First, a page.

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Liberal talk radio? No one will buy it

AFTER YEARS of contemptuously dismissing talk radio as a vast, embarrassing wasteland of doltish, bigoted, old, angry, overweight, religious white men named Chuck, liberals suddenly want a piece of the action. Coming soon to a radio near you, the Liberal Talk Network.


Well, my "progressive" pals, prepare to confront a shocking fact: Talk radio is a business. As in must make a profit. Success requires capturing a vast audience, and more. As a business enterprise, it is virtually meaningless whether your listeners agree with you politically. Your audience must attract major advertising dollars. That's right -- we're not in NPR land anymore, Toto.

Al Franken, your latest great white hope, declared your mission: "We're going to put it to Bush." You're off by one crucial letter: To win this game, you don't have to beat Bush, you have to beat Rush. He and his cohort are far more formidable than you imagine.

Is there an audience for liberal talk? Sure. Just take a look at that notorious 2000 campaign map, a schizophrenic blotch of red and blue Americans. At any given moment, half the citizenry detests George Bush, an "illegitimate" president who "stole the election." The same people zealously hold Bush personally responsible for war, poverty, pestilence, famine, spotty cellphone reception, and the common cold. Here's your audience!

Yet liberals are, quite understandably, apprehensive that liberal talk will (again) flop because of a dreadfully glum message and deadly dull messengers. Recall Alan Dershowitz and Mario Cuomo -- two undeniable brainiacs -- who were Radio Death. But with a new cast of colorful, less erudite characters, the "talent problem" could be remedied (unless they are serious about Jeanine Garafolo).

But take another look at that map. The death knell you see lurking is audience demographics (i.e. it's the economy, stupid). Red (Bush) vs. Blue (Gore) is a distinction of ideology, but it is also, as frankly we know, essentially a division of social class, race, and income. The red audience is largely suburban, college educated, professional, middle class; the blue (potential) audience more urban, less well educated, lower income. And this difference will matter infinitely more in the radio booth than the voting booth.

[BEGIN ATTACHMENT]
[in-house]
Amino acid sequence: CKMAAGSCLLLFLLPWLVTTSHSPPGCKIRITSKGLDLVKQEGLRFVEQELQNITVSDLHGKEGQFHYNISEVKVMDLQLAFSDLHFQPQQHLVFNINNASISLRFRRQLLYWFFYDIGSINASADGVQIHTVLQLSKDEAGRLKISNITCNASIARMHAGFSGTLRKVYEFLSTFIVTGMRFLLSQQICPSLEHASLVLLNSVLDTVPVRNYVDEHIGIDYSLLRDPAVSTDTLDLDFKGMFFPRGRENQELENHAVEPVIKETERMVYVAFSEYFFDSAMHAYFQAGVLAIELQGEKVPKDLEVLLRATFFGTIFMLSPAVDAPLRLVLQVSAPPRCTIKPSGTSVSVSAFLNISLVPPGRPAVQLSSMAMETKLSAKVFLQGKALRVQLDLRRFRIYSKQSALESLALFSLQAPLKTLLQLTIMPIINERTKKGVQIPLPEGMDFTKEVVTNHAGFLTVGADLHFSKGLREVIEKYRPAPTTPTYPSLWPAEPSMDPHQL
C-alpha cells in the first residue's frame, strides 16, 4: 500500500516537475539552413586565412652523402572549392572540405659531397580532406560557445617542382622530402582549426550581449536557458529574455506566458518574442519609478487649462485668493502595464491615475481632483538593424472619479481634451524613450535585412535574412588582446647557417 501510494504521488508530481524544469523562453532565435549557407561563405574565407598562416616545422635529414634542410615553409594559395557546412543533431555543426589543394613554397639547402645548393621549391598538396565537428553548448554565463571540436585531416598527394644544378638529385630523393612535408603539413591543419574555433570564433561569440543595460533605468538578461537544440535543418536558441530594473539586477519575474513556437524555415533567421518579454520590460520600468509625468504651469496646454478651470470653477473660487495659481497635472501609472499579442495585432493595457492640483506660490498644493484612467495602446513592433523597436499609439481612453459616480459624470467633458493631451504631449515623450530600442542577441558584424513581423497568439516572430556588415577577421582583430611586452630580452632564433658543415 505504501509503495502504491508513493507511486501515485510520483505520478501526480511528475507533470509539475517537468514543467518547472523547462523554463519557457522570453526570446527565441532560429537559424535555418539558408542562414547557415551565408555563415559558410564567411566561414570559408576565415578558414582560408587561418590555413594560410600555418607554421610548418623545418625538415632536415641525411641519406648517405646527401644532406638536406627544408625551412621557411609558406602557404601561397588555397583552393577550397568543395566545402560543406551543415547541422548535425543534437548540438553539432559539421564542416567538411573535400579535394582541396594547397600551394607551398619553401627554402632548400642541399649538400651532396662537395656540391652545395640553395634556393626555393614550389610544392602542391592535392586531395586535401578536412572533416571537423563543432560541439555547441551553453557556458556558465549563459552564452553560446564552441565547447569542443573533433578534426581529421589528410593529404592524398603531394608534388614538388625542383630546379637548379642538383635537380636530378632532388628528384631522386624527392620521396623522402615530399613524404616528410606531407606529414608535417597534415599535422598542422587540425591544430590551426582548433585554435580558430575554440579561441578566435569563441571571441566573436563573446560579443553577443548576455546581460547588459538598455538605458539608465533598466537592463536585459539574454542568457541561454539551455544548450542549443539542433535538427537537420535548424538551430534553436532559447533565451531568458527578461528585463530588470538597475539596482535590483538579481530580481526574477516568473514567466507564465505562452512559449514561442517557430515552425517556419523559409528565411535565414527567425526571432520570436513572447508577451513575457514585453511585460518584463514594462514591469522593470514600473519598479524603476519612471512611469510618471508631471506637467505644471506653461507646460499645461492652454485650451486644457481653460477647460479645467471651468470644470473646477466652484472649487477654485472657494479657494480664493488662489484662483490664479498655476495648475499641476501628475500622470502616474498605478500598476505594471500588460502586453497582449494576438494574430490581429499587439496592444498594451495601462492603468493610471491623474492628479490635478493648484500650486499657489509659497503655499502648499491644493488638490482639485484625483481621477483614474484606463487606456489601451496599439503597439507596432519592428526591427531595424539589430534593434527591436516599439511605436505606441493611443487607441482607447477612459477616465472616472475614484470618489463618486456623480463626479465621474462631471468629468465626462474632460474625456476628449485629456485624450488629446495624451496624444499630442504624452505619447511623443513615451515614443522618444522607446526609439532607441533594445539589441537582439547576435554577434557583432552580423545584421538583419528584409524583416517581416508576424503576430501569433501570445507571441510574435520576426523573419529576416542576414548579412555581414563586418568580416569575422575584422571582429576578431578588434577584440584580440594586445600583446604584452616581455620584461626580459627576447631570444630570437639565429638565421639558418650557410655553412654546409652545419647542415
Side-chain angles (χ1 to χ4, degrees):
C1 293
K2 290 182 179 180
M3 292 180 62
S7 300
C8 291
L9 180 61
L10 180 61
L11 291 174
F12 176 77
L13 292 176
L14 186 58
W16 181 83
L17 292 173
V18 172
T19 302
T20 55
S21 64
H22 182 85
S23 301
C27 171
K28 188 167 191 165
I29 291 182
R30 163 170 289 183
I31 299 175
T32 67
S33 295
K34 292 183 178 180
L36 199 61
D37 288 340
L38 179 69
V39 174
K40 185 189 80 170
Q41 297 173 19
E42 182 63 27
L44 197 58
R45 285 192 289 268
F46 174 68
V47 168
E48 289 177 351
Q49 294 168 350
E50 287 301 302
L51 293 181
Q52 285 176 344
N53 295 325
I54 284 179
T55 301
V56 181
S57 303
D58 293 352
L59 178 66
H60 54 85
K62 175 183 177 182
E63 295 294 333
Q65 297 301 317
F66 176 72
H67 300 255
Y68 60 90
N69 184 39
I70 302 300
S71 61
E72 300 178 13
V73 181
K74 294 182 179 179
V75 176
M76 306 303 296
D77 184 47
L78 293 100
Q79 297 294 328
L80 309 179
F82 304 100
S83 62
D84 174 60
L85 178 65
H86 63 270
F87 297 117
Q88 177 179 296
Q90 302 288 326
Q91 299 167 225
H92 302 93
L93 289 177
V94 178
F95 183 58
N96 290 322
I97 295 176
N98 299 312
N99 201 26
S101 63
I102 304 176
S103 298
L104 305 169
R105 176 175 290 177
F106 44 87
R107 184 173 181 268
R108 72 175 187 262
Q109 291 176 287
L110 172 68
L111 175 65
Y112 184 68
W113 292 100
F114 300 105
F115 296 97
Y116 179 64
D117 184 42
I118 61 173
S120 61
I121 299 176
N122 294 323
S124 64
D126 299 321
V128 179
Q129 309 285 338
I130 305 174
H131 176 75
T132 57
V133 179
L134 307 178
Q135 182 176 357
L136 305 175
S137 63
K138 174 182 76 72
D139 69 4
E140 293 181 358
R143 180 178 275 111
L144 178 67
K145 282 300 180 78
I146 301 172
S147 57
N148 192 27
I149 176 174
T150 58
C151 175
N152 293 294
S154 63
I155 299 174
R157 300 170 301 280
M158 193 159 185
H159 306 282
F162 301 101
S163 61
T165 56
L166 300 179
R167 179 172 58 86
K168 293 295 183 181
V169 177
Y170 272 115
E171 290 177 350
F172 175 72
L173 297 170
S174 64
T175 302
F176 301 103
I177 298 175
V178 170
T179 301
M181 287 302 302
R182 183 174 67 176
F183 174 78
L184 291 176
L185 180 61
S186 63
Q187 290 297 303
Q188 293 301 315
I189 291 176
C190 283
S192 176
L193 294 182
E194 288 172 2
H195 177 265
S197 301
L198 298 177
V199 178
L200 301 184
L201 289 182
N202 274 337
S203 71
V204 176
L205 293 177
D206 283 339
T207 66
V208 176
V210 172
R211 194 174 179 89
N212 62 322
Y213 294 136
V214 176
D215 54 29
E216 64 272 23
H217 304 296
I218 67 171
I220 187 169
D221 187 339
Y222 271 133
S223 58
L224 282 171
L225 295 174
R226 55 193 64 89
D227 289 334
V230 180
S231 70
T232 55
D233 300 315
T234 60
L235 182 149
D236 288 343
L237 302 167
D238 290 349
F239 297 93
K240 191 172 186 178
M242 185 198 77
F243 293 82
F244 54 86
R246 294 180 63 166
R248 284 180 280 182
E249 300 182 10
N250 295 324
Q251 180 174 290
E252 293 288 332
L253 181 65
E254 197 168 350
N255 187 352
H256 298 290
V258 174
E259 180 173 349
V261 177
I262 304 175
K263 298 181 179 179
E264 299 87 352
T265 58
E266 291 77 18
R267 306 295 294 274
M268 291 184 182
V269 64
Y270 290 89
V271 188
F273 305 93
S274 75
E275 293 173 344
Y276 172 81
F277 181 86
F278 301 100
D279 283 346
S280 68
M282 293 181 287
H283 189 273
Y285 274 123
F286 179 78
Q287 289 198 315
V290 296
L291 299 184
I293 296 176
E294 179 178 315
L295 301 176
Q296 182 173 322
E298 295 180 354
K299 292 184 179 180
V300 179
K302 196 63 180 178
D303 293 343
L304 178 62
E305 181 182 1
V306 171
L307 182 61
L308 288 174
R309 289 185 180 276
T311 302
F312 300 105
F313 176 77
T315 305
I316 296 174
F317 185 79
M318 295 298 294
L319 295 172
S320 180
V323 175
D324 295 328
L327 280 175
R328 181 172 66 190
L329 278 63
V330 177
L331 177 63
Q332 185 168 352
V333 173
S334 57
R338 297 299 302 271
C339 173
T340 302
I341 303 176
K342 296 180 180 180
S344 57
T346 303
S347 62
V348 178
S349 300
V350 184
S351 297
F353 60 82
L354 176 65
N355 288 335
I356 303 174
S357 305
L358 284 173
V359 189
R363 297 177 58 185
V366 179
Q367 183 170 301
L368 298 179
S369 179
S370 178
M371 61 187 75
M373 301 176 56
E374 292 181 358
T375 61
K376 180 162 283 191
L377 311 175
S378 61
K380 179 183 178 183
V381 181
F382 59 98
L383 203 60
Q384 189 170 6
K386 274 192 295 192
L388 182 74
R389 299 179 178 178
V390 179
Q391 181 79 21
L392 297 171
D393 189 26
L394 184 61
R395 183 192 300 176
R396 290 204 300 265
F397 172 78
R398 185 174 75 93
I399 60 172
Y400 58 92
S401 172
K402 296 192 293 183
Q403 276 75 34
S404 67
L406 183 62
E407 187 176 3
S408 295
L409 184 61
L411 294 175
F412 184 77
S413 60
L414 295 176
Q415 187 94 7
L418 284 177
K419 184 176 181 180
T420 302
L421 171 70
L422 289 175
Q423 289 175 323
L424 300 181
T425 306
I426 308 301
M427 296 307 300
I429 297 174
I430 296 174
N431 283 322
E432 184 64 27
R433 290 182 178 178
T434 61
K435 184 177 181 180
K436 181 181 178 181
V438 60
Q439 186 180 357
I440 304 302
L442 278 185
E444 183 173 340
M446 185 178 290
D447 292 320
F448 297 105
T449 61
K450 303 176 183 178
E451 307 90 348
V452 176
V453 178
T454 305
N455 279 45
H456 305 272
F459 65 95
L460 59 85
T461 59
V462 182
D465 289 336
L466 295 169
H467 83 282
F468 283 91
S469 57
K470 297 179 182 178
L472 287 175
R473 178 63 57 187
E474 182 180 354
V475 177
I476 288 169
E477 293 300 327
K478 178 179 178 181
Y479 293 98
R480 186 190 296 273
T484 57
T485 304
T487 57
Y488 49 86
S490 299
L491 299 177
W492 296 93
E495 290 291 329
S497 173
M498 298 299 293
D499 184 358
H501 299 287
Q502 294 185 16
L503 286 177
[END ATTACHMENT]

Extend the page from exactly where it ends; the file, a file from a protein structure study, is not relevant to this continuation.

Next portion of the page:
You are planning to lure conservative talk listeners? Dream on. You ignore -- or are delusional about -- the gross mismatch between your product and your customers.

Your ethos, mantra, unshakeable article of faith, and every utterance will derive from the smug presumption that the values and views of nonliberals are the root of evil: "selfish" because we believe our taxes too high; "haters" because we disdain racial preferences and same-sex marriage; "cruel" because we believe in strong national defense, capital punishment, and actually oppose illegal immigration; and, of course, "stupid" because we reject your benighted viewpoint.

Yes, we know you believe with utmost sincerity that we are monstrous Neanderthals, but do you really believe your left-wing/pacifist/United Nations/French worldview will win a big middle-class audience? In America?

Understand: Your success depends on us embracing the utterly fantastic notion that we are what's wrong with America; that our national, cultural, and personal woes stem from taxes too low, affirmative action too meek, defense too strong, and illegal aliens too few. People who believe such twaddle are for the most part home watching Jerry Springer reruns. Numerous they are. A commercially viable national talk radio audience they are not.

Perhaps you will have some federal judge declare unconstitutional the radio ratings system? Or mandate an "earned audience credit" for the ratings impoverished? Which, of course, explains why this new liberal talk "network" is not a genuine business enterprise but rather a fully subsidized propaganda project, funded entirely by wealthy Democrat activists.

Lucky you. Back here on earth, those of us in radio must earn our way in the rough and tumble of -- imagine this -- competition. Just hope your liberal sugar daddies' munificence is boundless, because if they tire of losing money, you will be forced to produce real ratings and profits, too. The horror! (Don't worry: there's always taxpayer money and "NPR II," right?)

Here is a lesson from the early days of automobile rebates: Volvo alone eschewed the practice, instead adopting the motto: "When you build a good car, you don't have to pay people to buy it."

And thus it is Volvo (cruel irony!) who previews the liberal talk radio epitaph: Here lies an agenda we twice tried selling by radio -- once as sermon, once as comedy. But either way, paying customers just weren't buying.

Jay Severin is host of an afternoon talk radio program on 96.9 FM.

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